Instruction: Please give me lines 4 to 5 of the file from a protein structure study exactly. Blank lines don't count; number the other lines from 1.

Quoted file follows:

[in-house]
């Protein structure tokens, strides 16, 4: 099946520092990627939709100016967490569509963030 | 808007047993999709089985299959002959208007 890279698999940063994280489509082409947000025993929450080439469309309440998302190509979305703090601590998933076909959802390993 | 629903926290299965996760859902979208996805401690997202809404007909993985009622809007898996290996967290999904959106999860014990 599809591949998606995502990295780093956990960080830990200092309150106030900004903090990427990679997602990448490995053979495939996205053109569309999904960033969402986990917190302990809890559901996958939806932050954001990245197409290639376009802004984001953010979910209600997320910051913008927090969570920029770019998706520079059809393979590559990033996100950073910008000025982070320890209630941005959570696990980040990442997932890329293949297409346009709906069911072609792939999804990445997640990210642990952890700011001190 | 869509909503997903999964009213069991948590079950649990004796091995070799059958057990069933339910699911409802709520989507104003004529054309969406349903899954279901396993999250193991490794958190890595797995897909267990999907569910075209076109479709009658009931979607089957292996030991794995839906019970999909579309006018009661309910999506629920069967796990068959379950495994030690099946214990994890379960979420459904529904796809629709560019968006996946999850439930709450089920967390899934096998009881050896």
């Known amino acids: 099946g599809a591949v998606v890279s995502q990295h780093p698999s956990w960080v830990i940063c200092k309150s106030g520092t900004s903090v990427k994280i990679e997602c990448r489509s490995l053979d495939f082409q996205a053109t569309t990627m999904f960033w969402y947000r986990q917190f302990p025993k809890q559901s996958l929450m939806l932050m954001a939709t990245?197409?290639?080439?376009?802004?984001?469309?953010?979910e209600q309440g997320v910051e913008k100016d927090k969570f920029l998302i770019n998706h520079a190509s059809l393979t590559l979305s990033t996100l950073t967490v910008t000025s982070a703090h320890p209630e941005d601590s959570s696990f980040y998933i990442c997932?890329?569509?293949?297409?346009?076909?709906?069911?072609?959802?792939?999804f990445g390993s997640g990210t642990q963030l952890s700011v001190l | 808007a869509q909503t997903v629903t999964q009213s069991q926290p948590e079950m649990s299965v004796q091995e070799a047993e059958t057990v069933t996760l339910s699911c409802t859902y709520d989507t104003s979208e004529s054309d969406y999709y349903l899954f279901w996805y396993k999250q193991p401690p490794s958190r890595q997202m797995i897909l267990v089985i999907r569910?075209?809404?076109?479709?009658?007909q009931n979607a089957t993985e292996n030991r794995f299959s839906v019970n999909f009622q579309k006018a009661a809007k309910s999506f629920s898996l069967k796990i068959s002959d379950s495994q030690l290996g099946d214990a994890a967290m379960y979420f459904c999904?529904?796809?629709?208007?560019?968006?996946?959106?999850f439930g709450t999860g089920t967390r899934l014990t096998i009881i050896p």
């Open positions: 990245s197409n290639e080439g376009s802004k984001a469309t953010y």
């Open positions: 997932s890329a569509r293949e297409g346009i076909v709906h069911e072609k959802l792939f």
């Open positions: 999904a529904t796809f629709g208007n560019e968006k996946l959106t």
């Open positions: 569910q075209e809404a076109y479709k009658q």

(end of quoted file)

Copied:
């Open positions: 990245s197409n290639e080439g376009s802004k984001a469309t953010y």
């Open positions: 997932s890329a569509r293949e297409g346009i076909v709906h069911e072609k959802l792939f």